The weigh in

On your weight loss journey, there are many ways to keep tabs on your progress.

If you’re going to be stepping on the scales to gauge your progress keep reading, I’ll tell you how to do it so you get it right!

Firstly, stop weighing yourself at every possible opportunity. After a workout at the gym, when at the pharmacy, at random times of the day, or any time you see a set of scales!

There are so many variables that go into the number you see on the scales.

Weight might be down if you’ve been sweating a lot. Weight might be up if you’ve eaten a lot. Weight might be up from water retention if you’ve had a meal high in sodium or carbohydrates.

So to cut out these variables weigh yourself at the same time of day. I would advise that be first thing in the morning after going to the toilet. In minimal clothing and before you have anything to eat or drink. This weigh-in should be the only one you record.

Then it’s on you to resist the urge to step on the scales at other times of the day! As these readings will be irrelevant.

Next, when it comes to the frequency of weigh-ins I’d recommend you go for daily. Making it part of your routine. The reason being is; I don’t want you to miss a new low!

And the most important thing to bear in mind is that you will see fluctuations daily. Up one day, down the next. Going forward you are looking for a trend, a new low each week! Not each day! This will mean that what you are doing is working!

I wish you all the best with your progress.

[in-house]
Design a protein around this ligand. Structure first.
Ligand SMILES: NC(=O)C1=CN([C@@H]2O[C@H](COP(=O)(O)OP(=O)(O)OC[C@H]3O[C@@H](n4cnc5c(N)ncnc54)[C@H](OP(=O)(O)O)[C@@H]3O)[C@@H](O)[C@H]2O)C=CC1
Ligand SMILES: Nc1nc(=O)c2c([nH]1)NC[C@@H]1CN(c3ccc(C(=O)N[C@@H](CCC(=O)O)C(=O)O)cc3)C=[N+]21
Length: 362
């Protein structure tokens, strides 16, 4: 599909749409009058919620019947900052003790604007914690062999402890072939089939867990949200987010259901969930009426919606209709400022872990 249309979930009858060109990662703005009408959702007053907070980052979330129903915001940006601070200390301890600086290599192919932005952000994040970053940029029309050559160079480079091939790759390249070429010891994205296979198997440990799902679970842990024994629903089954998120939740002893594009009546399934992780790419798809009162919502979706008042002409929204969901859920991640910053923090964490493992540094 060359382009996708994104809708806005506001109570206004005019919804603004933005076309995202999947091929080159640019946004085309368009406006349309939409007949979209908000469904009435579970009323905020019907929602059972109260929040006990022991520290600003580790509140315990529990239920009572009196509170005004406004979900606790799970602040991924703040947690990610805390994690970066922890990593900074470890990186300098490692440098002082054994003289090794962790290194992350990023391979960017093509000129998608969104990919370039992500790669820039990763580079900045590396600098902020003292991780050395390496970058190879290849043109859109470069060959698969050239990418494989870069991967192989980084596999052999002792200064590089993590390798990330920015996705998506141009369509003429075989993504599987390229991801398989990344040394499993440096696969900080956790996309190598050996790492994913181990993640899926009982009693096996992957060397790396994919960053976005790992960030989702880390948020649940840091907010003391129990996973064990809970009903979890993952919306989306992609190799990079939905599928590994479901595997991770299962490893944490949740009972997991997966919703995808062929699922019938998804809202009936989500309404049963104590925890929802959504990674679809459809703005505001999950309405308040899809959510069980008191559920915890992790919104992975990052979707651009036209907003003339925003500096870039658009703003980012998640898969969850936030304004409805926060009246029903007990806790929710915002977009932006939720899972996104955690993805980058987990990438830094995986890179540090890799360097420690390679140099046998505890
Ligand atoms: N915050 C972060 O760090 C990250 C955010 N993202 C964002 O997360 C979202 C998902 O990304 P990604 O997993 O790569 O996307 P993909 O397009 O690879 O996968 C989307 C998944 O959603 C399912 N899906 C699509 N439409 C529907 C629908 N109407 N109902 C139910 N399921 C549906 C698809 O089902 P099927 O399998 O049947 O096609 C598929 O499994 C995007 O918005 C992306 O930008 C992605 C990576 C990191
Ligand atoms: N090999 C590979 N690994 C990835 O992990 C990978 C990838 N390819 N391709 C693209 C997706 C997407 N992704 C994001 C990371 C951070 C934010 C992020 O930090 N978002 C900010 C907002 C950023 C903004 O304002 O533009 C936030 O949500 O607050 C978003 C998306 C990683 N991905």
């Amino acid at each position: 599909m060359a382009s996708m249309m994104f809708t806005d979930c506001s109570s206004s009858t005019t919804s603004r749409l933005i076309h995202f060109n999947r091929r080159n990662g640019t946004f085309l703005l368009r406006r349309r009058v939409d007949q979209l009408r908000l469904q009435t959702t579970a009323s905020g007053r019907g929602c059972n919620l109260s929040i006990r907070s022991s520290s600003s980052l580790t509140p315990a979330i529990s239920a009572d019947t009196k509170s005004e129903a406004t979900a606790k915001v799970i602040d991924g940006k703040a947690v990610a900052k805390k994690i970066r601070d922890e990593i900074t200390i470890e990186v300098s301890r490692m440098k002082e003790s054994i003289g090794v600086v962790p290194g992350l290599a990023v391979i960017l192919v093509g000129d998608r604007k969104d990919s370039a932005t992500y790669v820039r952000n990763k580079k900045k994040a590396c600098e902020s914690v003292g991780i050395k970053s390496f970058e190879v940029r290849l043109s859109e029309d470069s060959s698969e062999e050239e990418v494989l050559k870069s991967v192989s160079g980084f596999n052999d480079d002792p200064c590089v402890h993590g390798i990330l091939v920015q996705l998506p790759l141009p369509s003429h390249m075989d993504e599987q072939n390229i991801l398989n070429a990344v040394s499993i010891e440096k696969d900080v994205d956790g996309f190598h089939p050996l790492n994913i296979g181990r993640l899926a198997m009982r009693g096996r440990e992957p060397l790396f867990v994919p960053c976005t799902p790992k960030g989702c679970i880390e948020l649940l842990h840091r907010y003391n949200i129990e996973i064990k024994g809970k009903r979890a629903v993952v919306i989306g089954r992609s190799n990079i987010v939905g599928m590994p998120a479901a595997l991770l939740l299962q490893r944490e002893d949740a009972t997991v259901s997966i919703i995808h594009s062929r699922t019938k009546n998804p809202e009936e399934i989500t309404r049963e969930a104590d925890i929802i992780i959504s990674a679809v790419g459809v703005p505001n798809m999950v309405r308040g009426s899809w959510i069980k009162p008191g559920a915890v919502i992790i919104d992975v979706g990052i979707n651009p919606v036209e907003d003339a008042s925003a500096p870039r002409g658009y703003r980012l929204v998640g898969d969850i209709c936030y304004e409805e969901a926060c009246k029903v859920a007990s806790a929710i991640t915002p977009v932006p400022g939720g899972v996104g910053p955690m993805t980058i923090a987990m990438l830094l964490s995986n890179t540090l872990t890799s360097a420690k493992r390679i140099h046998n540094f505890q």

Surf the wave

When it comes to dieting reducing your calories through reducing portion sizes, or omitting a snack or meal (to create an energy deficit; the only way fat loss will occur!) is an easy way to achieve this.

Yet there will be something to consider during your dieting periods. Hunger!
Along with emotional eating and boredom, hunger is another test you will encounter on your health drive.

Not only is it one of the most powerful diet disruptors but it is also the most misunderstood.

The concept of stress eating and boredom eating are very straight forward. Stress levels are high, we eat something (usually fun food) and it temporarily makes us feel better. And boredom eating fills a void / gives us something to do during periods of downtime. Simple.

But hunger is a different animal. Our body brings about feelings of hunger (due to elevated levels of a hormone Ghrelin).

The common misconception is that as we go longer and longer without food our hunger levels increase.

So it makes sense to ‘flatten the curve’ by eating something. The hunger sensation is notable so we look to remedy this by eating something asap. This urgency sees us bypass mindfulness over what we choose to supress this pang! Making it hard to keep to our targets for our diet.

But, what actually happens (and this is prudent to recall during periods of hunger) is that our hunger levels come in waves.

You have condition these waves to peak and trough with your eating habits overs time. So you will feel hungry at the time you usually have a meal/snack.

So if you are cutting out a meal or snack to reduce your calories. Know that during the time where you would have had this meal/snack you will feel hungry. This is the peak/crest of the wave.

It’s your job to ride the wave, embrace the sensation, accept it and surf the hunger wave. The wave will die down/pass.

Dieting is much like surfing, you have to appreciate the waves if you want to be good at it.

If you would like to know how to reduce the intensity of these hunger wave check out my blog. How optimising ‘protein density’ can help you maintain muscle and stay full whilst dieting.

Confirmation danger

I’m going to talk to you about Dave.

Following the decadence that is this time of year Dave has been considering doing something to get in better shape in the new year.

As part of his new health and fitness drive Dave wants to lose a few pounds. So he makes a decision to try a diet that one of his work colleagues is doing.

He checks progress on the scales every morning. If he has lost weight he pats himself on the back and considers the diet a success. If he has gained weight he writes it off as a normal fluctuation and forgets about it.